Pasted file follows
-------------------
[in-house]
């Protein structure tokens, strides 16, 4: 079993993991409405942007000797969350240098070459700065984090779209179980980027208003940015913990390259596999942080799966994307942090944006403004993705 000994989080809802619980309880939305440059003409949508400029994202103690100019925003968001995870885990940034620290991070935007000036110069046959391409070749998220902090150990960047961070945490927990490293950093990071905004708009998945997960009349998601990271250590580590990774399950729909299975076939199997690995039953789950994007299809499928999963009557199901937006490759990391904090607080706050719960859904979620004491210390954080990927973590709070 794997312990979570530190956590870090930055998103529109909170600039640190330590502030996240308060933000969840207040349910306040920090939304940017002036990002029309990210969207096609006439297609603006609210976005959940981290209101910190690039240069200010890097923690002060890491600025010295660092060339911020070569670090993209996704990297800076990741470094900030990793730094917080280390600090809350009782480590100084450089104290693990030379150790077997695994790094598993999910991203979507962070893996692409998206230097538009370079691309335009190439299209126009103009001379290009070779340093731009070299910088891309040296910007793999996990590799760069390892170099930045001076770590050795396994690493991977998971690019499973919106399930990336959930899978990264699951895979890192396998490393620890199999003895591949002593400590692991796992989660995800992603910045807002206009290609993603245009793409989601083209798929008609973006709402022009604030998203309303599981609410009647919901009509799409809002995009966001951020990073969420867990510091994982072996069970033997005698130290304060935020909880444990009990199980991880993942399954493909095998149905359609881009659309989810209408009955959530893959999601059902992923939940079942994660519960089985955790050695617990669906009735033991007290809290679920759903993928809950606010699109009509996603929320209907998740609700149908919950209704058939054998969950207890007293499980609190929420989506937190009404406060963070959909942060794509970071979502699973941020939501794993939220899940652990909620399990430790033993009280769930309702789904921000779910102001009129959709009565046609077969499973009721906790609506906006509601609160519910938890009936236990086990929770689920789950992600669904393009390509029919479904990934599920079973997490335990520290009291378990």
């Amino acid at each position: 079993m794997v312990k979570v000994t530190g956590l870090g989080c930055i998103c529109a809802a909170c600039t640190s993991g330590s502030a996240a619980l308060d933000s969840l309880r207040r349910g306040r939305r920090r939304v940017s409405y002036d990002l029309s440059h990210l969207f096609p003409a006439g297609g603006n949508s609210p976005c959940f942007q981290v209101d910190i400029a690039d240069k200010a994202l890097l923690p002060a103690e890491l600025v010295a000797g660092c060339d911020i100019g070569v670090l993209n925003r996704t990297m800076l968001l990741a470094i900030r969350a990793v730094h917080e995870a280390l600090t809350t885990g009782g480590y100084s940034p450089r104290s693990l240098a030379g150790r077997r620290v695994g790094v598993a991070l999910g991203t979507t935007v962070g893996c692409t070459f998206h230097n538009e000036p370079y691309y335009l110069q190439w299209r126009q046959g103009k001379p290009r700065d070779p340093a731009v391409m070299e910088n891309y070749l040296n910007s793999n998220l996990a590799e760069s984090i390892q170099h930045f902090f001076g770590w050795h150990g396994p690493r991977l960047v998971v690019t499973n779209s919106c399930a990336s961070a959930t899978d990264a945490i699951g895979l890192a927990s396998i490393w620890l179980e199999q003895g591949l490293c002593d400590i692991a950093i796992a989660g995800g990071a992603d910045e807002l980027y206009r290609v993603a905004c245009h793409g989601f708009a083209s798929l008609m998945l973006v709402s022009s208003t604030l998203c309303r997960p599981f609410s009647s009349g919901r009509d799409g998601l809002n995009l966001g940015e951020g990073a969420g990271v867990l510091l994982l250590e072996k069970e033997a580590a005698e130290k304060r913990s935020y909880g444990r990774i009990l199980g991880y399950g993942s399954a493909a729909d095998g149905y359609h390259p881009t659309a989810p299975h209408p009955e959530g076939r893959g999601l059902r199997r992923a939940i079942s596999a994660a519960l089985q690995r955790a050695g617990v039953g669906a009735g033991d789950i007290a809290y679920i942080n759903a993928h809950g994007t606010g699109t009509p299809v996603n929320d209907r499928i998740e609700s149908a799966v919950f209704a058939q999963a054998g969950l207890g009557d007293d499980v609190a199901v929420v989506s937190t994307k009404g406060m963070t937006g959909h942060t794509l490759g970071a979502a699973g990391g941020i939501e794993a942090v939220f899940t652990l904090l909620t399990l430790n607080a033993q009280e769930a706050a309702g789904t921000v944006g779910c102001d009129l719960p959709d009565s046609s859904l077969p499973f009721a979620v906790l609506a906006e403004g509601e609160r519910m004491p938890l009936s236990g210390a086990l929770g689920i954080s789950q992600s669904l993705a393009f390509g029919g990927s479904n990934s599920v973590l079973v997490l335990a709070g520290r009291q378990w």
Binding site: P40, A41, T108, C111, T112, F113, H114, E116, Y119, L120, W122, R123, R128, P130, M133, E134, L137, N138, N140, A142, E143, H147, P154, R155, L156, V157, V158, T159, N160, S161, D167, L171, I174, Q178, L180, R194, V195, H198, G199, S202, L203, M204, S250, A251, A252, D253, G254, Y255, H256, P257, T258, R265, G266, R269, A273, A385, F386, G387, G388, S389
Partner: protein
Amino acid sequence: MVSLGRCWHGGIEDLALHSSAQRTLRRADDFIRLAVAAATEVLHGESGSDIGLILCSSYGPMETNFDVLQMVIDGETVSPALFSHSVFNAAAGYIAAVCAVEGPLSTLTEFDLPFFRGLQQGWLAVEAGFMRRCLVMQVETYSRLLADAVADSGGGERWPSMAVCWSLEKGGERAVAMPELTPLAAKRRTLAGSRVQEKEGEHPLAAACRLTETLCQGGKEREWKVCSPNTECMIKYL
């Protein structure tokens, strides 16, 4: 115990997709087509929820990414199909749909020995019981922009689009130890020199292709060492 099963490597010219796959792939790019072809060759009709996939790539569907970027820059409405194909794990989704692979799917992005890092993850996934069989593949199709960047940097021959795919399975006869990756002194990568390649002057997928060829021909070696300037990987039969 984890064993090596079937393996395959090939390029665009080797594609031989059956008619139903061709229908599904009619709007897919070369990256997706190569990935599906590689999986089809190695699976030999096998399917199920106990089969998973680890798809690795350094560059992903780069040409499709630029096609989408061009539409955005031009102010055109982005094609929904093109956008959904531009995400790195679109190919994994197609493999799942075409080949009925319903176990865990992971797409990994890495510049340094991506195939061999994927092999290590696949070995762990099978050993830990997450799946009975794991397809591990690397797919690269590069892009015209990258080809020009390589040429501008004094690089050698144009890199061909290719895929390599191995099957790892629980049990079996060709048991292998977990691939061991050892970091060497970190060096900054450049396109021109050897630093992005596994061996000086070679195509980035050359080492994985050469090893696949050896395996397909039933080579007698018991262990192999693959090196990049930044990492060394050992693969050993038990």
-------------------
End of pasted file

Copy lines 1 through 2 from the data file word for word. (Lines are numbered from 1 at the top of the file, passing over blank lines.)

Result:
[in-house]
């Protein structure tokens, strides 16, 4: 079993993991409405942007000797969350240098070459700065984090779209179980980027208003940015913990390259596999942080799966994307942090944006403004993705 000994989080809802619980309880939305440059003409949508400029994202103690100019925003968001995870885990940034620290991070935007000036110069046959391409070749998220902090150990960047961070945490927990490293950093990071905004708009998945997960009349998601990271250590580590990774399950729909299975076939199997690995039953789950994007299809499928999963009557199901937006490759990391904090607080706050719960859904979620004491210390954080990927973590709070 794997312990979570530190956590870090930055998103529109909170600039640190330590502030996240308060933000969840207040349910306040920090939304940017002036990002029309990210969207096609006439297609603006609210976005959940981290209101910190690039240069200010890097923690002060890491600025010295660092060339911020070569670090993209996704990297800076990741470094900030990793730094917080280390600090809350009782480590100084450089104290693990030379150790077997695994790094598993999910991203979507962070893996692409998206230097538009370079691309335009190439299209126009103009001379290009070779340093731009070299910088891309040296910007793999996990590799760069390892170099930045001076770590050795396994690493991977998971690019499973919106399930990336959930899978990264699951895979890192396998490393620890199999003895591949002593400590692991796992989660995800992603910045807002206009290609993603245009793409989601083209798929008609973006709402022009604030998203309303599981609410009647919901009509799409809002995009966001951020990073969420867990510091994982072996069970033997005698130290304060935020909880444990009990199980991880993942399954493909095998149905359609881009659309989810209408009955959530893959999601059902992923939940079942994660519960089985955790050695617990669906009735033991007290809290679920759903993928809950606010699109009509996603929320209907998740609700149908919950209704058939054998969950207890007293499980609190929420989506937190009404406060963070959909942060794509970071979502699973941020939501794993939220899940652990909620399990430790033993009280769930309702789904921000779910102001009129959709009565046609077969499973009721906790609506906006509601609160519910938890009936236990086990929770689920789950992600669904393009390509029919479904990934599920079973997490335990520290009291378990």